Tag Archives: security

What I wish I knew about writing PHP and web apps when I started

Chris Cornutt (@enygma) asked on Twitter, “If you were just starting to learn about writing secure PHP apps, what would you want to know?”  While I replied via Twitter, I figured I’d post my own short list here. I’d certainly consider this a beginner’s list, but it’s the kind of basic stuff I wish I had known.

  • There’s nothing inherently secure about POST requests nor data retrieved from the $_POST superglobal. POST parameters are sent within the body of the message instead of the URL, which allows for longer key/value pairs than using a querystring, but it’s just as visible as any GET parameter.
  • Anything transmitted to/from the server is inherently readable by anybody unless you specifically take precautions, such as transmitting via HTTPS.
  • There’s no automatic/magic security or sanitization built in to most standard PHP functions nor frameworks. It’s often there, but you have to consciously use it.
  • Just because it looks like an image, responds like an image, doesn’t mean it’s an image. (Or other type of included file.)
  • 3rd party resources have access to anything on the page, regardless whether it’s visible, behind HTTPS, or obfuscated. Serving your site via SSL isn’t a magic bullet. Javscript can still access elements on the page and do nasty stuff (XSS), and you’re still vulnerable to CSRF attacks.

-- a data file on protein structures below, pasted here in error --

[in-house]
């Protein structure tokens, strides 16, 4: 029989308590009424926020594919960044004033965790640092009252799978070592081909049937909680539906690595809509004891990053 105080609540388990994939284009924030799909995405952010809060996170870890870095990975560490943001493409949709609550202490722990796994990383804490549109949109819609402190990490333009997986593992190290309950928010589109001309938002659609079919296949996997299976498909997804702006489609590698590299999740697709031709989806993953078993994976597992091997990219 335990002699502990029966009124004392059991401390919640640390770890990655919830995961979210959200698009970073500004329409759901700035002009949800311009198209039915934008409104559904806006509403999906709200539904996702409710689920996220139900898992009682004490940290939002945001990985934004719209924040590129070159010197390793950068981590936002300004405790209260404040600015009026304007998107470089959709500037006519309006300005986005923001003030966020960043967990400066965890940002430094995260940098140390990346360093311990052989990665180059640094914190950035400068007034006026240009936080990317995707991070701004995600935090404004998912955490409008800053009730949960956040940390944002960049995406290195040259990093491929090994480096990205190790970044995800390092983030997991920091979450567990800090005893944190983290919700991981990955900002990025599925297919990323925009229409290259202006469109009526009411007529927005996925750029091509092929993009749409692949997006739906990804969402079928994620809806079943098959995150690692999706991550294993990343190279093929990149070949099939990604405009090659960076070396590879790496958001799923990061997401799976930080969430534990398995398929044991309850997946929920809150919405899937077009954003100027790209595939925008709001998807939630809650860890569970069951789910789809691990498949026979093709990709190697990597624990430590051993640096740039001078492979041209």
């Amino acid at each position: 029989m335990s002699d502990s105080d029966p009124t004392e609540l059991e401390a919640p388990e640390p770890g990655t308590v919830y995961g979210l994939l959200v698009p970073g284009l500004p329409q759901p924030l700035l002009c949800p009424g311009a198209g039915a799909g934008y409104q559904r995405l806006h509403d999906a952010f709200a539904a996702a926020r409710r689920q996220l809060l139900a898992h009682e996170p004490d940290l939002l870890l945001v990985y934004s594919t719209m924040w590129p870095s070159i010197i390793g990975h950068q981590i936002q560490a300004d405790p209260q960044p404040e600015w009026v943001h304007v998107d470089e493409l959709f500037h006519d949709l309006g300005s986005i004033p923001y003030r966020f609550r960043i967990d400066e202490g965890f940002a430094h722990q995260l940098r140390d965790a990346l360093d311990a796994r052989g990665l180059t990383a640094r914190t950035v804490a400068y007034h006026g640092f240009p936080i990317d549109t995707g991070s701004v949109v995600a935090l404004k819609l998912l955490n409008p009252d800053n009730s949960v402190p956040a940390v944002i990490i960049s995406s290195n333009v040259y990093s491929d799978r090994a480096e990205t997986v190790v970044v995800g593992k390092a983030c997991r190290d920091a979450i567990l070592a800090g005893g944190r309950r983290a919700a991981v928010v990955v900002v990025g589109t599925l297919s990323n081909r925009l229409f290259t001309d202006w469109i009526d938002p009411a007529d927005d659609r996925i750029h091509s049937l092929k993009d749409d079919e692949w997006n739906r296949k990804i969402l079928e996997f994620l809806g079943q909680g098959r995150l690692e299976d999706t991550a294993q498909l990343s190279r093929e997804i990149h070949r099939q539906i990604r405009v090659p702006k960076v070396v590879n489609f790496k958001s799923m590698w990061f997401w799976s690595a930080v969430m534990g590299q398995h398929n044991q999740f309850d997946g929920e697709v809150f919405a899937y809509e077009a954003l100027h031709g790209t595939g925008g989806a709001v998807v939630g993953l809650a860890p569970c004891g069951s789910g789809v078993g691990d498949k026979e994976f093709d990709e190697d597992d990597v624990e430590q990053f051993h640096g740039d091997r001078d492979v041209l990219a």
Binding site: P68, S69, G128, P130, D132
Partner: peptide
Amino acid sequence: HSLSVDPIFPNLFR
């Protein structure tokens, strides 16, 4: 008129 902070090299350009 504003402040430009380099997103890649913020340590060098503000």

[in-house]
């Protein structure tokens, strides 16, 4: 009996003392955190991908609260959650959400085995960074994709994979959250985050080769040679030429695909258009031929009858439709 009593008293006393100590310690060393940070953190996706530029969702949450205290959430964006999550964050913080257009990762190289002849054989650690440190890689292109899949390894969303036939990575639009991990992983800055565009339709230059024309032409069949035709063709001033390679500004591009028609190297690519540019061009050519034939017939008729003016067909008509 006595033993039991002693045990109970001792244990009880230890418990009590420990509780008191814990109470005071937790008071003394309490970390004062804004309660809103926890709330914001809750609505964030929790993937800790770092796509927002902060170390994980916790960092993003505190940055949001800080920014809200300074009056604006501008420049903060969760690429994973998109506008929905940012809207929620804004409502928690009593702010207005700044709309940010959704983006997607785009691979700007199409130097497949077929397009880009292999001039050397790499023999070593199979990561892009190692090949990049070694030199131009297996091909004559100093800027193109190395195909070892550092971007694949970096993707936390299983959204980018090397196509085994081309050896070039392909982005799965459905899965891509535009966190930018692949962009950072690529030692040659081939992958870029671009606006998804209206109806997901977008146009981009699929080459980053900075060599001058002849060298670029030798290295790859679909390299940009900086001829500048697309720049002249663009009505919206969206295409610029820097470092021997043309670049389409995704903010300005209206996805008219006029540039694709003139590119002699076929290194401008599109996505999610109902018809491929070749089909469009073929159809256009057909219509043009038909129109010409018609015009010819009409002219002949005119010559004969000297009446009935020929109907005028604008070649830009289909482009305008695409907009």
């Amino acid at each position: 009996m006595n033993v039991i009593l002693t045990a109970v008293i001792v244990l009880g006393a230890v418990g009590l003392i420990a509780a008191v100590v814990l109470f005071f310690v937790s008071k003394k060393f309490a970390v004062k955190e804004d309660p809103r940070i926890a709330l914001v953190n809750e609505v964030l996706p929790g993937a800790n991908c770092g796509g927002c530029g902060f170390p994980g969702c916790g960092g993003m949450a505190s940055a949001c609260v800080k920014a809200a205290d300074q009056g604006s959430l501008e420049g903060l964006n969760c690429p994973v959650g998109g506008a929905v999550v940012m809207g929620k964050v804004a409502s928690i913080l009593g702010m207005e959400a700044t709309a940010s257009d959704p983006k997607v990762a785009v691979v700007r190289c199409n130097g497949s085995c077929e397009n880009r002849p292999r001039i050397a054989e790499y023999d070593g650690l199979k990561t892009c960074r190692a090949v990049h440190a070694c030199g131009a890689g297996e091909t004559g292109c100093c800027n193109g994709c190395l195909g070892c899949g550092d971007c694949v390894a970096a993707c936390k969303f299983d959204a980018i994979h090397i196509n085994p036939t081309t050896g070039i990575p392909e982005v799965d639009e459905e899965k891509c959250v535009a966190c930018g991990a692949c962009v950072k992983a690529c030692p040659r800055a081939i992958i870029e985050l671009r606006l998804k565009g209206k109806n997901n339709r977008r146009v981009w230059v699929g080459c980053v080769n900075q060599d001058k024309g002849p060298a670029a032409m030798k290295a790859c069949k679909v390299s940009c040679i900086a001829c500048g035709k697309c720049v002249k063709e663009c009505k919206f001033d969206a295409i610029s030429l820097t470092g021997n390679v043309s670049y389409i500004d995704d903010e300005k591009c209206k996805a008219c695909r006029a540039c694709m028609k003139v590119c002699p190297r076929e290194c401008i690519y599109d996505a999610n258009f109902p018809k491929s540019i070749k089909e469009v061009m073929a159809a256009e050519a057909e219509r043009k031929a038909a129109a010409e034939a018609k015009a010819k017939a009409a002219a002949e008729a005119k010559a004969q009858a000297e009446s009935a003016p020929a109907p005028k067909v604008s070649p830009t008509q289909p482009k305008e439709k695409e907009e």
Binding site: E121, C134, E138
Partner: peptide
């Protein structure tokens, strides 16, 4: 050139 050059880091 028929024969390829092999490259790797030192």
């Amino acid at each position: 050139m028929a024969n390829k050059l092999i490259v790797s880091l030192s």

• Just because something is only “visible” server-side doesn’t mean it’s inherently secure. For example, any variable can be made global, and all the data within it can be read by any PHP script or method within that script. Case in point: the widely-used Akismet plugin for WordPress includes a dump of $_SERVER in each spam check it makes. This isn’t specifically a problem with Akismet, it’s just illustrating that code can be exposing stuff you didn’t think about, and may be exposing things you didn’t realize. You can do some really evil stuff.
  • Just because you got a file from a reputable source, doesn’t mean it’s safe or good.

Some of those are web security but I didn’t know I needed to care when I started doing PHP  and web development.  I shudder to think of some of the code I wrote that’s still out there.

Related links

Aside: One of the reasons I love WordPress is that it gives you all the tools to write secure code out-of-the-box.  Other Frameworks like Zend and Symfony do, too, but they’re not as obivous.